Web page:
Cats and dogs are both susceptible to parasites like fleas, ticks, and intestinal worms if not properly treated and prevented.[1] Fleas and ticks are common external parasites that live on the skin and can cause irritation, infections, and transmit other diseases. Intestinal worms like roundworms, hookworms, tapeworms, and whipworms live in the digestive system and can cause vomiting, diarrhea, and malnutrition.[2]

Regular use of flea and tick prevention medications like Frontline, Advantix, Nexgard, or Seresto collars can eliminate external parasites. Treatment for internal parasites involves dewormers like pyrantel pamoate, praziquantel, or milbemycin oxime. Kittens and puppies need to be routinely dewormed. Adults should receive fecal tests and deworming if parasites are found.[3] Keeping the environment clean and avoiding exposure to parasite eggs or larvae can also help reduce transmission.

Life Expectancy

When it comes to average lifespan, cats tend to outlive dogs by a small margin. According to research, the average lifespan for cats ranges from 12-15 years, whereas dogs typically live between 10-13 years on average (Source). However, there are many factors that impact lifespan for both species.

One study analyzing data from over 30,000 cats and dogs found that the median lifespan was 14 years for cats and 11.8 years for dogs (Source). However, lifespan varies significantly based on breed – larger breeds tend to have shorter lifespans than smaller breeds for dogs. There are also differences based on sex, with female cats and dogs often living slightly longer than males on average.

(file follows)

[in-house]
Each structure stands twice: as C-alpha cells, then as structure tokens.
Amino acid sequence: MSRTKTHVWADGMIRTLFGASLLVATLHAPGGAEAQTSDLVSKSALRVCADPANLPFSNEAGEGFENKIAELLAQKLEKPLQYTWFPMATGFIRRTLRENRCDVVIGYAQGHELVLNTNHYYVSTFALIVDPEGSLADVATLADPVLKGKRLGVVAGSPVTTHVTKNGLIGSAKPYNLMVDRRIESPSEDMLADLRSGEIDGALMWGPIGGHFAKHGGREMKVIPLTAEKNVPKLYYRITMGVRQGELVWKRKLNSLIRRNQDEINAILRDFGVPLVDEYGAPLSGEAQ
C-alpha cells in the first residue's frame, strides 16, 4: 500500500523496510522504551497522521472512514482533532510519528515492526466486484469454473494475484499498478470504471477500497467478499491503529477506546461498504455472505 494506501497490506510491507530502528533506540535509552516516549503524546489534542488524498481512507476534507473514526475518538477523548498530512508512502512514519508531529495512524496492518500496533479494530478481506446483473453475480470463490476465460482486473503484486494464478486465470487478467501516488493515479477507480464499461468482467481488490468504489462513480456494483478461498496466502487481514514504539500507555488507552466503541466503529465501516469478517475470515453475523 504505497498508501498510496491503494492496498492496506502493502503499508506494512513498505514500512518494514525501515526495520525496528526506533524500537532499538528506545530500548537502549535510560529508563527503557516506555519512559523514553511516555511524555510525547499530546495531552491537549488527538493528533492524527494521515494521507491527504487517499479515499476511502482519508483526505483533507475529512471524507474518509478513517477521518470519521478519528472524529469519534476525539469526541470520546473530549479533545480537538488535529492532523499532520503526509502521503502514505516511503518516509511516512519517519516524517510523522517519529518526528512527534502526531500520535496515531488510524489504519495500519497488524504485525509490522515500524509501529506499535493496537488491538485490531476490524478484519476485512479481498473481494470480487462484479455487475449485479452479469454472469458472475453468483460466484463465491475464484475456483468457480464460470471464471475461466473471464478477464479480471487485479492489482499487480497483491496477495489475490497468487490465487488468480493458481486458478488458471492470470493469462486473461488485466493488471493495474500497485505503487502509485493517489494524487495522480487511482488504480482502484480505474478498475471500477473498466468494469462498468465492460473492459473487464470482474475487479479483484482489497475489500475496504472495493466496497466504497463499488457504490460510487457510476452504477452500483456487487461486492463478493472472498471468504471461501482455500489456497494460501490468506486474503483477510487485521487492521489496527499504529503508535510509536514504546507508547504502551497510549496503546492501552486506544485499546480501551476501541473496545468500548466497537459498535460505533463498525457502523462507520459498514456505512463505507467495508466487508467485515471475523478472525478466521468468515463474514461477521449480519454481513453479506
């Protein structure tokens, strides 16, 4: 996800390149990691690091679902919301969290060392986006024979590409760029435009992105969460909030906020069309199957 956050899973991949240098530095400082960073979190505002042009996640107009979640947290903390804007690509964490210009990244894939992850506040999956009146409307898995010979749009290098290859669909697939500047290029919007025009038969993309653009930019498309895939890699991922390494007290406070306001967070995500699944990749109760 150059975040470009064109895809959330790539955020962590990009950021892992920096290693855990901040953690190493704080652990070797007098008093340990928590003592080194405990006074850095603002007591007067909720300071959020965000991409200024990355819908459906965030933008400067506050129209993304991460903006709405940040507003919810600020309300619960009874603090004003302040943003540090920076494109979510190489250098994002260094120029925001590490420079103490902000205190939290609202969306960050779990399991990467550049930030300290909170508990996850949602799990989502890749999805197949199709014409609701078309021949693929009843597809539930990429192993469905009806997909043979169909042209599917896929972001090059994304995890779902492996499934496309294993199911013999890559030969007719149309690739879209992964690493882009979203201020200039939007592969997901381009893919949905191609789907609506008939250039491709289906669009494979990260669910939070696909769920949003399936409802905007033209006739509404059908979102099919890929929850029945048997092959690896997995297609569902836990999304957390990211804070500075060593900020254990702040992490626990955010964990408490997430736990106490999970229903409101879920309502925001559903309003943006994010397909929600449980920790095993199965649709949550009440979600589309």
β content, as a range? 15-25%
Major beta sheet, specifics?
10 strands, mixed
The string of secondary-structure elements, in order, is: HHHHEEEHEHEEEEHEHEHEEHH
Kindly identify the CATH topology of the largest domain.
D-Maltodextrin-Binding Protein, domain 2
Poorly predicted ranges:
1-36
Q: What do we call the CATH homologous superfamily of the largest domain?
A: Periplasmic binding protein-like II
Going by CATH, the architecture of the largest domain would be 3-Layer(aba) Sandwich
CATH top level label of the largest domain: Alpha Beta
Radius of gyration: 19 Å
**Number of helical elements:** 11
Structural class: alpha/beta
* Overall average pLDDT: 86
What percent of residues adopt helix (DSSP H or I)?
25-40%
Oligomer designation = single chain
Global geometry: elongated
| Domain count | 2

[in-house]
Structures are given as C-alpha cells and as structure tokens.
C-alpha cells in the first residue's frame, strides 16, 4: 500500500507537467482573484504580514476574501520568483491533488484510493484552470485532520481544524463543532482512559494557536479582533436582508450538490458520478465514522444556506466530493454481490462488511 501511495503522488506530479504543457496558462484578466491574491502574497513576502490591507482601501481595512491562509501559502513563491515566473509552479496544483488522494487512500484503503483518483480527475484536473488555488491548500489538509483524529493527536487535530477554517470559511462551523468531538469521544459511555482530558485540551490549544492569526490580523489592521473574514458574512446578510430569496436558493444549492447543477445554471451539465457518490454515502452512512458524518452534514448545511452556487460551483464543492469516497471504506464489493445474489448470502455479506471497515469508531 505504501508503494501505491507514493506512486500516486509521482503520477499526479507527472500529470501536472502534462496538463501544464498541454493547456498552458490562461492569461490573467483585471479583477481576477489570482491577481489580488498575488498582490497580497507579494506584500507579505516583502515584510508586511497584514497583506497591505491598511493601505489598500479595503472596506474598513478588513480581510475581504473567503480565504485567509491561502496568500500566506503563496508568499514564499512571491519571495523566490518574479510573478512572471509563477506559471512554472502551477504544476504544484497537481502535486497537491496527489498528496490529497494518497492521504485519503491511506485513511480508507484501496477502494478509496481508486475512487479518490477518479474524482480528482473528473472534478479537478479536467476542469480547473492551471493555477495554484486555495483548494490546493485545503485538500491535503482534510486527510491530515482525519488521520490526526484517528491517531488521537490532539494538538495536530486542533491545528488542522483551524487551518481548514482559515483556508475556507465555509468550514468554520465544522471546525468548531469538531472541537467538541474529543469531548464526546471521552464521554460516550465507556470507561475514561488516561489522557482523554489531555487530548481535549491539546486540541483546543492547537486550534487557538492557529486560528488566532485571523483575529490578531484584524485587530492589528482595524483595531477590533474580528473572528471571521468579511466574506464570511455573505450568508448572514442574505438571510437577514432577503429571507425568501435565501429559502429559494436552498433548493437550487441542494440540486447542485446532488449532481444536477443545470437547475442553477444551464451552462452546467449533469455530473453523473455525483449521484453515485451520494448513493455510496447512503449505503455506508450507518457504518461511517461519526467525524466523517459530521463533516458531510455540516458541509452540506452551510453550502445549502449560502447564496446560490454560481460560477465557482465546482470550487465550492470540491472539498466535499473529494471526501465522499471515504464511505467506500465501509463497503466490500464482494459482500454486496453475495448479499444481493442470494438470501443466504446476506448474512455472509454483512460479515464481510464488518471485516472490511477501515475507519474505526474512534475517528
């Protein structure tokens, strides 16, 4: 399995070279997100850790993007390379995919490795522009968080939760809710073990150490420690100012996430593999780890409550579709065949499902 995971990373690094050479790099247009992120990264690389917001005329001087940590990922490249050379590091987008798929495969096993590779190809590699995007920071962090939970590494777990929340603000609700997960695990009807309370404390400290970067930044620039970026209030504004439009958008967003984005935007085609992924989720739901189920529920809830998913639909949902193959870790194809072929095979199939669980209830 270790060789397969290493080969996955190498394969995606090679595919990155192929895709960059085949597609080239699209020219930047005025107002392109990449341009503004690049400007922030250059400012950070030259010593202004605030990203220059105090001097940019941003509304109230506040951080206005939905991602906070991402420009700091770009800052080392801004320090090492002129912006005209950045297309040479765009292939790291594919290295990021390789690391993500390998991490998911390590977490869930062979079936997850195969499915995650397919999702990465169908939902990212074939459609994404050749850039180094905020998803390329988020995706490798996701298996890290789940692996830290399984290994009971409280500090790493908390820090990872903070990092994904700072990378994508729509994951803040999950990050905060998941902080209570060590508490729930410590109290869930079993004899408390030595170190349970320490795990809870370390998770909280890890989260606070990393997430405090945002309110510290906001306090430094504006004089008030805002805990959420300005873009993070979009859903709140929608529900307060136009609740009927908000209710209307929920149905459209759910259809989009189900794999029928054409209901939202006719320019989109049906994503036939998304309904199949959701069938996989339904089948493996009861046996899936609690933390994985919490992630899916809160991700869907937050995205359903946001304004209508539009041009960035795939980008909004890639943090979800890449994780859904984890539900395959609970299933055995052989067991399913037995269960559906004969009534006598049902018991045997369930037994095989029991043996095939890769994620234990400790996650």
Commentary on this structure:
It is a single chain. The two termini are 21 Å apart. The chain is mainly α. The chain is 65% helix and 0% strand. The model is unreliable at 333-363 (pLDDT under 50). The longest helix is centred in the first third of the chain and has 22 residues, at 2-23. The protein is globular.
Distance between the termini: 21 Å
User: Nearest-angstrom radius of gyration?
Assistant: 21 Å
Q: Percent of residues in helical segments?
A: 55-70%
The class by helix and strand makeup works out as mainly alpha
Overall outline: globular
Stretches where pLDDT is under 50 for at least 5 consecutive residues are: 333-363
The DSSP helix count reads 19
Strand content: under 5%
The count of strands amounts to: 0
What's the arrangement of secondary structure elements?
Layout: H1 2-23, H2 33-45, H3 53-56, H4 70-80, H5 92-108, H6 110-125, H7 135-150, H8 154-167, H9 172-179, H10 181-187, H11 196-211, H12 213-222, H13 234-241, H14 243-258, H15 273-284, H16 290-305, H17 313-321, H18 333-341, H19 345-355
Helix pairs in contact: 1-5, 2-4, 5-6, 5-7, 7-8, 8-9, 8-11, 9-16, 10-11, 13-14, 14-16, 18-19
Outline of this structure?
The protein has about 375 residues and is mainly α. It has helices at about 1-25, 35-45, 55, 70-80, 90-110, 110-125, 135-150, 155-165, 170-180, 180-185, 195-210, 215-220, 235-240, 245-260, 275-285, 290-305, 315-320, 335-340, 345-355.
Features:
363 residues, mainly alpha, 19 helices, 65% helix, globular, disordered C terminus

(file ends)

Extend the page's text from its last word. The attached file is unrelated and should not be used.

Other factors like nutrition, exercise, veterinary care, and exposure to infectious diseases also play an important role in determining lifespan. With proper preventative care and a healthy lifestyle, many cats and dogs can live to 15 years or even longer. But on the whole, cats appear to be programmed for slightly longer average lifespans compared to dogs.

Behavioral Health

Both cats and dogs can develop behavioral health issues that impact their overall wellbeing. However, some common issues differ between the two species.

Cats may experience stress-related behavioral issues like inappropriate urination outside of the litter box. This can be triggered by changes in their environment, interactions with other pets, or anxiety. According to a study by the ASPCA, among cats surrendered to shelters, house soiling is the most commonly reported behavior problem.

Dogs frequently suffer from separation anxiety when left alone, which can lead to destructive behaviors like chewing, barking, or elimination. Certain breeds like Labrador Retrievers and German Shepherds are prone to separation anxiety. Aggression is another common behavioral problem in some dog breeds if not properly socialized and trained.